Father did not have a great deal of financial resources upon which to draw to support his school and his teaching staff. Still, he tried to do what he could to help make life a little easier for his underpaid teachers. One 'fringe benefit' that his teachers received from their boss was free auto repair. As a Wisconsin farm boy, he was as good with a wrench as he was with his traditional Catholic theology.
Father was fluent in both Latin and in the language of engine maintenance. He even had a set of coveralls which he would wear that exposed only his Roman collar, lest no one would recognize that the greasy fellow who just slid out from under the car in the parking lot of St. Michael's was the pastor and chief mechanic of the parish.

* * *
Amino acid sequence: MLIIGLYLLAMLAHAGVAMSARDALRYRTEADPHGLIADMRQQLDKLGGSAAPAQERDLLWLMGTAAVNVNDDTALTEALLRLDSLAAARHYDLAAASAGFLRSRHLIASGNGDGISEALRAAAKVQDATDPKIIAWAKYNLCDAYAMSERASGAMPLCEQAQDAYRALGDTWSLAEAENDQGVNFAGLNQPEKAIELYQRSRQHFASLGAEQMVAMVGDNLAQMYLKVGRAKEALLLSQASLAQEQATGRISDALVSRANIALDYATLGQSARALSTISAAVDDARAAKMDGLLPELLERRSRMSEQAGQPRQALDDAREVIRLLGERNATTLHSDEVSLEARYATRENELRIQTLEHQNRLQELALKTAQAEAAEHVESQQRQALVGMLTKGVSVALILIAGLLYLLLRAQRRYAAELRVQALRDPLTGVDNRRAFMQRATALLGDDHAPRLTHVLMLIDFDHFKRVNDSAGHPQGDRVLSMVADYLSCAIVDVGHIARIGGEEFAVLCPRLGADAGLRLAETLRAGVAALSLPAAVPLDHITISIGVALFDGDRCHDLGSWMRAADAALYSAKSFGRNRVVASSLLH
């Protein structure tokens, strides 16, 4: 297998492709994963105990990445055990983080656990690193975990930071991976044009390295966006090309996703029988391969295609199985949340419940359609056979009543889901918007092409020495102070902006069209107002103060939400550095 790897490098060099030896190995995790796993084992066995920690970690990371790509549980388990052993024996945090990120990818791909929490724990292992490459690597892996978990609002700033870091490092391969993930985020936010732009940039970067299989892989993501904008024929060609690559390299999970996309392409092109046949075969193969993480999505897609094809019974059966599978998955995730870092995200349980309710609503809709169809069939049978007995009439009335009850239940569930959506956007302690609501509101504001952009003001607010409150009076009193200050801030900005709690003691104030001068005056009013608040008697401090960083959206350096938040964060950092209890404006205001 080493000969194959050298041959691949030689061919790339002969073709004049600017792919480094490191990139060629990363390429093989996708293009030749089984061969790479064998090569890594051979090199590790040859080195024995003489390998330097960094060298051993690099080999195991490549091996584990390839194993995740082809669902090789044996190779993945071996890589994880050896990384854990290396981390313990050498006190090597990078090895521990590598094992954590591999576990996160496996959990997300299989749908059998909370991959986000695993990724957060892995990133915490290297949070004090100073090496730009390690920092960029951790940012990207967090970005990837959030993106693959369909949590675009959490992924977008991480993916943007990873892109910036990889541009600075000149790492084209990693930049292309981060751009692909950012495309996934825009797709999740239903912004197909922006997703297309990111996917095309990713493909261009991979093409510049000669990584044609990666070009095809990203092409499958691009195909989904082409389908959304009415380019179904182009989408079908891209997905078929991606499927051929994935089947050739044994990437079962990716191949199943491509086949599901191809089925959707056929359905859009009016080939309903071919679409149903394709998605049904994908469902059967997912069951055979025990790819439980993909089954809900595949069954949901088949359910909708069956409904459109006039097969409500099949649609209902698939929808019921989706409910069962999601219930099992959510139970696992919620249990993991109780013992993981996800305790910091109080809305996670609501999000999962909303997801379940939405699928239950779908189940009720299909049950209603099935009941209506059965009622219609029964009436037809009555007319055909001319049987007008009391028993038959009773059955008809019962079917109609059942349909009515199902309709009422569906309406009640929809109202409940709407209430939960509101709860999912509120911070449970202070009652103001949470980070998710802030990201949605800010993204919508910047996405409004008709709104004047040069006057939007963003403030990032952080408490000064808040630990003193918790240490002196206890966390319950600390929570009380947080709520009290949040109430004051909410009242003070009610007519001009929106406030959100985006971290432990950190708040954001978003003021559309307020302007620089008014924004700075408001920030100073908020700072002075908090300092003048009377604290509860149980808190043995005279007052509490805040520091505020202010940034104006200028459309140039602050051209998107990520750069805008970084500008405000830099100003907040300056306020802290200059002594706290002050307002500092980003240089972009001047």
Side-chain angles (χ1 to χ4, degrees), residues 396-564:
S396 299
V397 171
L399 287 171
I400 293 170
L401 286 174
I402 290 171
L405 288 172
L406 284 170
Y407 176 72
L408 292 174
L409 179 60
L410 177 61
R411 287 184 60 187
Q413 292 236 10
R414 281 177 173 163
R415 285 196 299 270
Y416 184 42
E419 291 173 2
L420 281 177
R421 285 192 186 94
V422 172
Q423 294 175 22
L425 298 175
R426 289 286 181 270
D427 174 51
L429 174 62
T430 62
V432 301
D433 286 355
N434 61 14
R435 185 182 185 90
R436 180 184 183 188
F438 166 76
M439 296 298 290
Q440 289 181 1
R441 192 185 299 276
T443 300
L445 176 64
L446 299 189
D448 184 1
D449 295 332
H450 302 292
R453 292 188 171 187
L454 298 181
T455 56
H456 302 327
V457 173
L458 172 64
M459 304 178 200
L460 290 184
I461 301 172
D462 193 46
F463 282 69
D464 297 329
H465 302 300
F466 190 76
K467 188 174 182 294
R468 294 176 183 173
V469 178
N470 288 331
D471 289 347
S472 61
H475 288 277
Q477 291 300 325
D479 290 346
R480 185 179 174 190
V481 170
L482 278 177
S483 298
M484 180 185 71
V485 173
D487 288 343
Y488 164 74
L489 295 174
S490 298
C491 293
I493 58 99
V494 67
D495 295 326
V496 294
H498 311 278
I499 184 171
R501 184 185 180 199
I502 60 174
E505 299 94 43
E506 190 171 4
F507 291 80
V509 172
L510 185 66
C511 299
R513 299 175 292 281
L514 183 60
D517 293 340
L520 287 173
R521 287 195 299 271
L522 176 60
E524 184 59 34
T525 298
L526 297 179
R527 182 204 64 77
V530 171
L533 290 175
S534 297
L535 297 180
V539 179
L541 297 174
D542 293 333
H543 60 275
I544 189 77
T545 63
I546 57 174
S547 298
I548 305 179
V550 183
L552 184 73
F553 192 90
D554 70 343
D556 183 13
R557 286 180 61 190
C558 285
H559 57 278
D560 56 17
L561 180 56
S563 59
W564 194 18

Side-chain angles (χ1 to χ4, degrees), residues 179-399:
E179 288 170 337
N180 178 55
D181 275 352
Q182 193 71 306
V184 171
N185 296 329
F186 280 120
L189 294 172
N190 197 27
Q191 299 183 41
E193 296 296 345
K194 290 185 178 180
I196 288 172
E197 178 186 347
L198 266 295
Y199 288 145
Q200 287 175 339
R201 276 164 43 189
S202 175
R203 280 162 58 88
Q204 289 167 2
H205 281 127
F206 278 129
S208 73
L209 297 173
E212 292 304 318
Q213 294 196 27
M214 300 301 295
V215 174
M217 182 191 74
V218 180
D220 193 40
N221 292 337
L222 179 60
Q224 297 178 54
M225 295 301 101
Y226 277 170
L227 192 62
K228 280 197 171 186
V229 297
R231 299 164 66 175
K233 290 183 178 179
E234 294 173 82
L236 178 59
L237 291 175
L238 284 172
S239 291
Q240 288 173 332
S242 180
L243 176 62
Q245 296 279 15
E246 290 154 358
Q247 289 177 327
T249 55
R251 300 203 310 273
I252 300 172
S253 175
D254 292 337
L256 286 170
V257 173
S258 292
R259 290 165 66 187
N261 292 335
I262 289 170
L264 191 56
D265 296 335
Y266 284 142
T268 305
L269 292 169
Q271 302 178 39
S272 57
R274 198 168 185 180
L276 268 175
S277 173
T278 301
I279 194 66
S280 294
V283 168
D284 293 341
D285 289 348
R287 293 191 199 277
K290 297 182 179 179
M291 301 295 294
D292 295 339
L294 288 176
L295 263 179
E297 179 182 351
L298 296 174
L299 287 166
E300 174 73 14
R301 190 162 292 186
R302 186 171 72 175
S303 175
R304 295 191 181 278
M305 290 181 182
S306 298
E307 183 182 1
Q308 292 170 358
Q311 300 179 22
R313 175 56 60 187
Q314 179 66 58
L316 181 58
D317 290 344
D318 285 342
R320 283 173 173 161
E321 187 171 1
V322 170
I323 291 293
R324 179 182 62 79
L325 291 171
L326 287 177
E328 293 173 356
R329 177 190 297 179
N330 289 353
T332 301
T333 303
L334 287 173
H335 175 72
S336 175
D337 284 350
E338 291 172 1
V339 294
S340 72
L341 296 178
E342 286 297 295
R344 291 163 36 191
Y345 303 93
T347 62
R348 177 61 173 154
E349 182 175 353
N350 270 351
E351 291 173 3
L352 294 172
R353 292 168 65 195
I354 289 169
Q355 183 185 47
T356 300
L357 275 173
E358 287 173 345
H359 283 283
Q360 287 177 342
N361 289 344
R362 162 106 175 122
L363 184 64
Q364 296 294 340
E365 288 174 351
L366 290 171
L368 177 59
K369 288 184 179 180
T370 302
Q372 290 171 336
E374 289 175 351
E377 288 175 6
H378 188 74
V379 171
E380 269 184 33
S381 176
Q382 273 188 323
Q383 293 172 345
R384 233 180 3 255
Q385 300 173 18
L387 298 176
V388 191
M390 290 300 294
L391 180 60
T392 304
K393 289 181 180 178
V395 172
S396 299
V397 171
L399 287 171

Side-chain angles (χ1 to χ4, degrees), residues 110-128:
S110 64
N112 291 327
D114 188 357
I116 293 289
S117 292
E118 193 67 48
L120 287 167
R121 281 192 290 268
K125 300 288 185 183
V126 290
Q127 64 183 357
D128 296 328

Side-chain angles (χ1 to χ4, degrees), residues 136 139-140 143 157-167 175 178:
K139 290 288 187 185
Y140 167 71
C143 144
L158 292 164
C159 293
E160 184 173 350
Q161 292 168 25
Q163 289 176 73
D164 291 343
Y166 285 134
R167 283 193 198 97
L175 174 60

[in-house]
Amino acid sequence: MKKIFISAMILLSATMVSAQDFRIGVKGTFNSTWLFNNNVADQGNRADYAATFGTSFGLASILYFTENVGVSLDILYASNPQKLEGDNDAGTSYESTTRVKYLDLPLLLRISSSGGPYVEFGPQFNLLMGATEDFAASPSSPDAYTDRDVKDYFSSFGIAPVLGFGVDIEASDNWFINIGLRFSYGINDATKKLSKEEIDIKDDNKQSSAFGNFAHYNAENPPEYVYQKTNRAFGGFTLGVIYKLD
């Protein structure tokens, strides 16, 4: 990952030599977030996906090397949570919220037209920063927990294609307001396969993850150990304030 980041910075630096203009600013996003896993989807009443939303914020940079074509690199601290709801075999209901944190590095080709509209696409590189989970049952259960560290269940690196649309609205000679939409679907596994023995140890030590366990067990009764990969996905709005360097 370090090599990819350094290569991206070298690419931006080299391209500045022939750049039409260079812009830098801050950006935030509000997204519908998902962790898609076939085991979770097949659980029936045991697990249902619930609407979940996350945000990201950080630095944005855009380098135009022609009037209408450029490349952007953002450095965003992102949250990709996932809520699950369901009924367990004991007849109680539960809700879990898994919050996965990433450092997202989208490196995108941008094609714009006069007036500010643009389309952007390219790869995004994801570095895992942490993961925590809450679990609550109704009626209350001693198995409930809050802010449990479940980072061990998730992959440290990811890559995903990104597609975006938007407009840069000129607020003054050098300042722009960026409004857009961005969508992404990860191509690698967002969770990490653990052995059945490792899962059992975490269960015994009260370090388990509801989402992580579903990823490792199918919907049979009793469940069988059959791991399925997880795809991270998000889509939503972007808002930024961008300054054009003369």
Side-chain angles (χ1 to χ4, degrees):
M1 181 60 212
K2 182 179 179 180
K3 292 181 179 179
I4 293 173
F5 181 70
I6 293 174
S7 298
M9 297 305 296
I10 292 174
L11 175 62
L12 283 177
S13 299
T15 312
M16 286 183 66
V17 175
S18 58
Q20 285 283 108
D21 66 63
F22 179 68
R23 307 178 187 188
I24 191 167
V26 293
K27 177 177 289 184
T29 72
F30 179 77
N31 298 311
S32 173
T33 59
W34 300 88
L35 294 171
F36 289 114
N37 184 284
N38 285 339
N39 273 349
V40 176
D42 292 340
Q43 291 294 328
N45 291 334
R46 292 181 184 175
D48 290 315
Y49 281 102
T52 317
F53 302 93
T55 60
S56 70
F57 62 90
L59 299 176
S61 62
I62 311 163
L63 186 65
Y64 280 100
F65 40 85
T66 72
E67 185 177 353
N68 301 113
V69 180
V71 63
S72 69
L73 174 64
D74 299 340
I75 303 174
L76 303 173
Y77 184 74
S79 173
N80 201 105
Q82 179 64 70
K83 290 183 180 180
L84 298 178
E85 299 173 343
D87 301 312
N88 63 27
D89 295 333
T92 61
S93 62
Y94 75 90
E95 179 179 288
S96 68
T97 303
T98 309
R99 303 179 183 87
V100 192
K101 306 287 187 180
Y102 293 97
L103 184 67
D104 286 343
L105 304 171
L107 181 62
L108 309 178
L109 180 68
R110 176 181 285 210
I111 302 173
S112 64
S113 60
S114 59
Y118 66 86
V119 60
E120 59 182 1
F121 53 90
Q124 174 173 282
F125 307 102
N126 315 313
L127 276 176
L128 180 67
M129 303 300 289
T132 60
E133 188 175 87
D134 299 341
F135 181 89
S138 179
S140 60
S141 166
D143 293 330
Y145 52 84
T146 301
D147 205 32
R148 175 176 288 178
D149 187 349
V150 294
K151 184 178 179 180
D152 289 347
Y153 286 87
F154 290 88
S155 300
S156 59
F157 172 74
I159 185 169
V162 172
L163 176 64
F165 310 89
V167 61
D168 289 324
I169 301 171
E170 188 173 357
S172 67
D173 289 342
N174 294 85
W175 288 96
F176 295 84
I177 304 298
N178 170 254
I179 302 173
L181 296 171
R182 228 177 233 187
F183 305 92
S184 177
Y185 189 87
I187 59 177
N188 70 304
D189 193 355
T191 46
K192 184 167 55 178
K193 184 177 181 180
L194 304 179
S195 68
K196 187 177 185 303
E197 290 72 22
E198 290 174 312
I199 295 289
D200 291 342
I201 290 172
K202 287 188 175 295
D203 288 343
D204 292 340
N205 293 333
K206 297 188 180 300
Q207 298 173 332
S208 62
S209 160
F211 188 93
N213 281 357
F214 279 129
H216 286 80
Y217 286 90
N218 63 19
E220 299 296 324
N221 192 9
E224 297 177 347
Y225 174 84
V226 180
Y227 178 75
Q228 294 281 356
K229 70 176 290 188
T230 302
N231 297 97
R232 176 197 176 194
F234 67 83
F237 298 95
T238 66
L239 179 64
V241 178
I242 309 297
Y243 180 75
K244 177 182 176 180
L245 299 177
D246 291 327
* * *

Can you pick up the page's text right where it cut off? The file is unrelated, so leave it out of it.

Father was also literally the 'chief cook and bottle washer' of the place where he cared for the people. Back in the old days, it was common for Catholic parishes to have Friday night fish fries to serve as a fundraiser for the parish, a social gathering for the parishioners and a relatively convenient source of the family meatless dinner.
As a very traditional Catholic parish, the people of St. Michael's were encouraged to keep the habit of meatless Fridays all the year round and not just on Fridays in Lent when the bishops reduced the penitential practice down to that.